A short drive south of The Machrie is the wild and beautiful Mull of Oa (pronounced ‘O’). There you’ll find freshwater lochs, rugged sea cliffs, peatland and moorland, alongside and a RSPB nature reserve covering over 2,000 hectares. Who better to introduce us to its extraordinary wildlife than its resident warden and photographer, David Dinsley?
From the enduring glory of the golden eagle to creating vast winter ‘bird tables’; using cattle GPS collars to boost the native chough and corncrake populations to favourite spots on his days off, David lets us in on island life as a conservationist in the Inner Hebrides…
All photos by David Dinsley
I’m originally from north-east England and moved out here about three years ago. Before that, I was working in a suburban nature reserve before which was great for its mix of habitats. But I wanted a wilder landscape, and figured Scotland was the place to go. I saw this job advertised and it was like a dream – the amazing list of species that was here on Islay, along with the farming element drew me in. I wanted that additional experience of nature-friendly farming and using livestock to benefit other species on the reserve.
I have fond memories of growing up birdwatching with my grandad in our local woods. We had a caravan in Berwick, and used to go down the river Tweed and spot wading birds. The interest waned a bit as a teenager, but those core family memories and passion for birdlife are ingrained. As I got older, I decided to pursue that passion as a career. I’ve now worked in nature conservation for almost ten years.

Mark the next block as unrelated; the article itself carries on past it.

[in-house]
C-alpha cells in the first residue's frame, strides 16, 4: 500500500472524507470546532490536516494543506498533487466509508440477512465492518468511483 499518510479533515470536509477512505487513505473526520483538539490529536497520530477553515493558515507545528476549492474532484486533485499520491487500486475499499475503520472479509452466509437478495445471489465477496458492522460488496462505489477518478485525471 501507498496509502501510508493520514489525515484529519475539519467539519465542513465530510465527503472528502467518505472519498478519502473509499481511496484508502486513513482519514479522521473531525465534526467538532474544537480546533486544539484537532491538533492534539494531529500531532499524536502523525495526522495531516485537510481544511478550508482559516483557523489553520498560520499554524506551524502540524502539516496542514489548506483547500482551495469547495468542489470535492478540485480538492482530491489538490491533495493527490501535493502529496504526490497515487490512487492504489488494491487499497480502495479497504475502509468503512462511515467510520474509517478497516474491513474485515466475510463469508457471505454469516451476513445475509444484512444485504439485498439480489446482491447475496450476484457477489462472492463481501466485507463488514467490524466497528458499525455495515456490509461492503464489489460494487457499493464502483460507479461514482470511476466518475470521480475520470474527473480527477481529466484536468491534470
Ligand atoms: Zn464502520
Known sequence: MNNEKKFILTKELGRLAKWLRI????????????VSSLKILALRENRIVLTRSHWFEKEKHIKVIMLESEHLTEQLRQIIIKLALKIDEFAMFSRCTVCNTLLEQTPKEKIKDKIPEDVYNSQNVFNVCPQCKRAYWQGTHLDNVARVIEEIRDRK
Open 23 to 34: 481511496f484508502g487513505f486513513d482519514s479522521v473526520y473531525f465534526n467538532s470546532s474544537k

What makes Islay so spectacular is its mixture of landscapes. We also have lots of really exciting wildlife out here: land-based like deer and the wild goats, which people find quite charming; sea life like seals, whales and dolphins; and, of course, all the birds. We’ve got two species of eagle here, hen harrier, peregrine, chough, twite… There’s a good snapshot of the wildlife found throughout Scotland, but all on one island.
When Another Place will be on Islay this August, visitors could see minke whales – especially from the ferry coming to and from the island. There’ll be lots of dragonflies and butterflies around, as well as hen harriers and golden eagles. The chough will have had their chicks and will be teaching them how to forage and feed. If you’re very lucky you might see basking sharks off the coast from the high cliffs, though you’re more likely to see a bottlenose dolphin or a harbour porpoise.
The Oa is well worth visiting; it has lots of history, geological interest, and really atmospheric and dramatic sea cliffs and vistas. The wildlife includes a lot of quite rare bird species – and some rare invertebrates as well. The weather doesn’t always behave, but when it delivers it feels like being abroad – the sea goes a lovely turquoise blue. But even when the weather is bad, it adds an eerie, moorland quality, especially if you’ve got curlew calling in the background.
“When Another Place will be on Islay this August, visitors could see minke whales – especially from the ferry coming to and from the island.”
Juvenile white-tailed eagle